Accessible Robotic Programming for Students with Disabilities (ARoPability)
Lead Engineers: Chung Hyuk Park, Ayanna Howard
Robotics-based activities has been shown to encourage non-traditional students to consider careers in computing and has even been adopted as part of core computer-science curriculum at a number of Universities. Unfortunately, the concept of non-traditional student in this arena has not traditionally extended to encompass students with visual or physical impairments. As such, we seek to investigate the use of alternative interface modalities to engage students with disabilities in robotics-based programming activities. We seek to answer questions such as “What characteristics of robotics-based activities need to be transformed to engage students with visual impairments?” “What technologies can be adapted to enable achievement of robotics-based programming activities for students with physical impairments?” “Are there existing teaching modalities already employed by educators that can be used to train these new computing professionals?” and “What methods can be exploited to broaden participation in computing for students with visual or physical impairments?” This NSF effort targets middle and high school students in order to engage during the critical years and hosts a number of robotics camps in conjunction with the Center for the Visually Impaired, the National Federation of the Blind, and Children¹s Healthcare of Atlanta at Scottish Rite.
Education and Robotics
Lead Engineers: Douglas Brooks, Ayanna Howard
In recent years, there has been a verifiable increase in the use of virtual agents for tutoring ranging from the K-12 classroom to medical schools. Although results are varied, studies have shown evidence that the use of tutoring agents results in improvements in math education, reading, and even practicing surgical skills. Unfortunately, training individuals from diverse backgrounds requires customized training approaches that align with individual learning styles. Scaffolding is a well-established instructional approach that facilitates learning by incrementally removing and/or augmenting training aids as the learner progresses. By combining multiple training aids (i.e. multimodal interfaces), a trainer, either physical or virtual, must make real-time decisions about which aids to provide throughout the training scenario. Unfortunately, a significant problem occurs in implementing scaffolding techniques since the speed and selection of the training aids must be strongly correlated to the individual traits of a specific trainee. As such, in this work, we investigate methods for identifying the different learning styles of students and use this information to adapt the training sequence of a robot tutor. This involves investigating the use of multi-modal interfaces, such as associated with various forms of textual, graphical, and audible interaction, as well as socially-interactive robot behaviors to engage and build pathways to individualize learning.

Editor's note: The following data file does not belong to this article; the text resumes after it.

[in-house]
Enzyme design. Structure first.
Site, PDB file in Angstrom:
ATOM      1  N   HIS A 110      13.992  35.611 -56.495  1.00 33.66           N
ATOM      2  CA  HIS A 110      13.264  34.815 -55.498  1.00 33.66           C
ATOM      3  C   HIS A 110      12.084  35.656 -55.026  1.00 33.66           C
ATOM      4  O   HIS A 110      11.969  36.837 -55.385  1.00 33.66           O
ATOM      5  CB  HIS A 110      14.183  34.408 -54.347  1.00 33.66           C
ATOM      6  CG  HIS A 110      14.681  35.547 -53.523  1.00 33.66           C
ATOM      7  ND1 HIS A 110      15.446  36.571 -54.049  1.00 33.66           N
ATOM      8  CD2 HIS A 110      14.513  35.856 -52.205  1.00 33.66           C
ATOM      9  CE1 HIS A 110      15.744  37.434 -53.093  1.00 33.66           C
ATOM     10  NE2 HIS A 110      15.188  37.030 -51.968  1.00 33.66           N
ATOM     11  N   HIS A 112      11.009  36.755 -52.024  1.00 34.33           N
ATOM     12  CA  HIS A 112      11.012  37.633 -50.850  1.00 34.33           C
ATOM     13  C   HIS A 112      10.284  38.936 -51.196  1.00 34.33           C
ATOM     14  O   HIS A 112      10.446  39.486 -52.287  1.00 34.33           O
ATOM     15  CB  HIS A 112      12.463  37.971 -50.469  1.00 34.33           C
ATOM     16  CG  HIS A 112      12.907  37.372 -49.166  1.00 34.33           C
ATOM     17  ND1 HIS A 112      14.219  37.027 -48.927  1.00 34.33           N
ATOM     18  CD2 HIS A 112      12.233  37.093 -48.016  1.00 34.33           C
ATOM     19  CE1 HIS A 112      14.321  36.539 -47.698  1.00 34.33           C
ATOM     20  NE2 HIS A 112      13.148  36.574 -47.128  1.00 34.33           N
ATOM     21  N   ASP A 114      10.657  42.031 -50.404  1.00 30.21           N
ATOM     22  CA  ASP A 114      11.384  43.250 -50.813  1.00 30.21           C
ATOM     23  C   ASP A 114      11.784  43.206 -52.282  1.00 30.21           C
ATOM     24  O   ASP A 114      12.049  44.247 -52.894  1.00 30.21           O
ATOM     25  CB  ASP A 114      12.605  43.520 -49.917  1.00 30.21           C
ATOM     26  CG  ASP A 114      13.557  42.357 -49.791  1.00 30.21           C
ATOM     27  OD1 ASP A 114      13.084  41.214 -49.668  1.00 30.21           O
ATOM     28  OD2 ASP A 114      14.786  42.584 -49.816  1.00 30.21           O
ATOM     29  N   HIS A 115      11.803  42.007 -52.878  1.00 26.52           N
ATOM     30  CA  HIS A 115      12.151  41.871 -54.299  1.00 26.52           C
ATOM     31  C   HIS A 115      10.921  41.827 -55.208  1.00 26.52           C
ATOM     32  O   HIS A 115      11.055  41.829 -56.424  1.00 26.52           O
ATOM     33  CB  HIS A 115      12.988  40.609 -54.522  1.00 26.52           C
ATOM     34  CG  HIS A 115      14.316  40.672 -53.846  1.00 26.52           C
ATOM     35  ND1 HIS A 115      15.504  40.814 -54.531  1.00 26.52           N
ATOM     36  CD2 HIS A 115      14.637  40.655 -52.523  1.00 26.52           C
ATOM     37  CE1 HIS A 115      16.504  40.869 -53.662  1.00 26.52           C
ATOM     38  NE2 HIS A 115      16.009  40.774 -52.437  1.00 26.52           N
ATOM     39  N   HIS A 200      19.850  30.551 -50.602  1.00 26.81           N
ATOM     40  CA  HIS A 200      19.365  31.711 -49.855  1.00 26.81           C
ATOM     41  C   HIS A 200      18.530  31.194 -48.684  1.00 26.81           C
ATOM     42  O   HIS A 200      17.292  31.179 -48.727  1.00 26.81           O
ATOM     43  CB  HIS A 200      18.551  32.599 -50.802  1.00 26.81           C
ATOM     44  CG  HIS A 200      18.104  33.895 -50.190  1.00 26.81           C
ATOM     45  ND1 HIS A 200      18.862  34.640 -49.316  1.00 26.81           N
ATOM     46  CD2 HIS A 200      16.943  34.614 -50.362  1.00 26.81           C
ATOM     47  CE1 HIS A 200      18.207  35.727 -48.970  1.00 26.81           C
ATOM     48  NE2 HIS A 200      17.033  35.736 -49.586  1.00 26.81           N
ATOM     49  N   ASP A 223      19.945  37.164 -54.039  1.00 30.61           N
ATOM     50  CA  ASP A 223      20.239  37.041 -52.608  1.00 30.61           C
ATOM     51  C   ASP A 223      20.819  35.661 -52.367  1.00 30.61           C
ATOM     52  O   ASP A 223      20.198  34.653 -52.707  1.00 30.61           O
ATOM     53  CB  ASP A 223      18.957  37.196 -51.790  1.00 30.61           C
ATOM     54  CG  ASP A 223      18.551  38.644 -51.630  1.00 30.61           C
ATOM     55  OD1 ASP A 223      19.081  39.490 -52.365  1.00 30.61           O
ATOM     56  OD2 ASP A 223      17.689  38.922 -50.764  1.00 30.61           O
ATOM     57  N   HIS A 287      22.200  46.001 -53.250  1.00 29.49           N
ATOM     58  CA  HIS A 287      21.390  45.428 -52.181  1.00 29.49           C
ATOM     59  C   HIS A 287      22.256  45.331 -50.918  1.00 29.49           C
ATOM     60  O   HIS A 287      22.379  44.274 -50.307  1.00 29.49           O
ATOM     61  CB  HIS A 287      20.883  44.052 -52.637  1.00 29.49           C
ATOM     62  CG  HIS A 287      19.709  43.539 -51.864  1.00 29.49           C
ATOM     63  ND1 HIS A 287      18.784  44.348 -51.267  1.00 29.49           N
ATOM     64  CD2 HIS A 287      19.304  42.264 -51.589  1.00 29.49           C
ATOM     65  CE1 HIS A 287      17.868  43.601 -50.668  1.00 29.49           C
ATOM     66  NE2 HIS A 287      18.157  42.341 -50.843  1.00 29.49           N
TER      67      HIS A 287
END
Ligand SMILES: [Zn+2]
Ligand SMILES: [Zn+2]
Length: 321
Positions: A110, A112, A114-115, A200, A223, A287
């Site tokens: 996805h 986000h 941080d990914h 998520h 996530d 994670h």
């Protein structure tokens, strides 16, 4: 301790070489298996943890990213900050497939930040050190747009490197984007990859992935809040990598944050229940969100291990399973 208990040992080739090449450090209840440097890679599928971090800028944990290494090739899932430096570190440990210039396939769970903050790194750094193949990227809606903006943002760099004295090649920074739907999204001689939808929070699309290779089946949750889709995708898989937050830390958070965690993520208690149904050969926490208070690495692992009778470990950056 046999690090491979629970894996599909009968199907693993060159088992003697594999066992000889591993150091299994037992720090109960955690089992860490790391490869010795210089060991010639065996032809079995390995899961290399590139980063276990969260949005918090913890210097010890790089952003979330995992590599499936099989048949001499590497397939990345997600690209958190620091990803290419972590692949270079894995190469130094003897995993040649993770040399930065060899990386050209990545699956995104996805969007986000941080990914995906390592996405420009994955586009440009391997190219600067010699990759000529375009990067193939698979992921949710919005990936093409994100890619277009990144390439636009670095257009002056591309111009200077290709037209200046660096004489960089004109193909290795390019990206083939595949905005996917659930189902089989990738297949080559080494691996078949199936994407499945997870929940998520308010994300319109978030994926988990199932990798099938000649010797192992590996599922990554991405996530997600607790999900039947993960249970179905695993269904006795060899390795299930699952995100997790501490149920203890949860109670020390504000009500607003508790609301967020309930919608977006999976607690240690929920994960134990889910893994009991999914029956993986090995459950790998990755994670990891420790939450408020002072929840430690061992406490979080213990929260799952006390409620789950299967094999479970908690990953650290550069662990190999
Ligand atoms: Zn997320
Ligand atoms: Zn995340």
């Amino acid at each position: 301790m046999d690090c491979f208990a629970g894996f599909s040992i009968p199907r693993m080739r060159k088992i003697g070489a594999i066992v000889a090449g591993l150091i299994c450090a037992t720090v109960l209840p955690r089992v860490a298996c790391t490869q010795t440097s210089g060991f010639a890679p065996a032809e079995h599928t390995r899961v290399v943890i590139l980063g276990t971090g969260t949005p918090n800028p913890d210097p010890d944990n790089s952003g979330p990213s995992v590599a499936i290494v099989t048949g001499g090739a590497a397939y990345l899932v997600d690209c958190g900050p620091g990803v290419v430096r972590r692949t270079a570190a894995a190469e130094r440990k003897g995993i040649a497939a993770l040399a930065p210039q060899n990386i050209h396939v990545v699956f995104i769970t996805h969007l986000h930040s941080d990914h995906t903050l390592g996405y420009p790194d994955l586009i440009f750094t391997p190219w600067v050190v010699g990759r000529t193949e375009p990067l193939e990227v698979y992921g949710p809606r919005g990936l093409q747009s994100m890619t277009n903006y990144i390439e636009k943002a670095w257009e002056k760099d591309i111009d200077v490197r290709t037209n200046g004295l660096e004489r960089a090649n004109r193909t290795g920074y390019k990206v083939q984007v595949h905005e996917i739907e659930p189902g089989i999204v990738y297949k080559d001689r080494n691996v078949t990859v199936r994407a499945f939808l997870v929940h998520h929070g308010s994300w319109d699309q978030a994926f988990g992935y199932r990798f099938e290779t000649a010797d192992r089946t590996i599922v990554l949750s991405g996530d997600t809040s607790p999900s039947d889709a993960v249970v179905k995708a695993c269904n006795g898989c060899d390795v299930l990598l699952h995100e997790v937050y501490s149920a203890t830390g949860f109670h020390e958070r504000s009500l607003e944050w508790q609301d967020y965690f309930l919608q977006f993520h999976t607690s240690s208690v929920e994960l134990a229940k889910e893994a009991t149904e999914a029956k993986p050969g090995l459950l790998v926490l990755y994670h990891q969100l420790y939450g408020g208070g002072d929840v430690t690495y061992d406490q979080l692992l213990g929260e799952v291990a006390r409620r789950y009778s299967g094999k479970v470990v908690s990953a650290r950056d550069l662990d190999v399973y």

The ARTSI (Advancing Robotics Technology for Societal Impact) Alliance is a collaborative education and research project centered around robotics for healthcare, the arts, and entrepreneurship. Spelman College, a historically black college (HBCU) for women is leading the alliance in partnership with several other HBCUs and Research I (R1) institutions. Georgia Institute of Technology is one of the R1 members with a focus on training and mentoring in the area of healthcare robotics.
Computer adventure games has grown in appeal to the younger generation, and yet, exposure to adventure games alone does not provide direct mechanisms to improve computer-science related skills. As such, we have developed a robotic adventure game that embeds high-level computer science concepts as part of the game scenario. The explicit purpose of this delivery mechanism is to introduce middle school students to fundamental concepts of programming. The underlying model is that by capitalizing on the popularity of computer games to teach basic computer science concepts to younger students, we can increase their desire to pursue a STEM-related career in the future. These robotics and computer science concepts are taught through a number of Saturday and summer middle-school camps held at Georgia Tech throughout the year.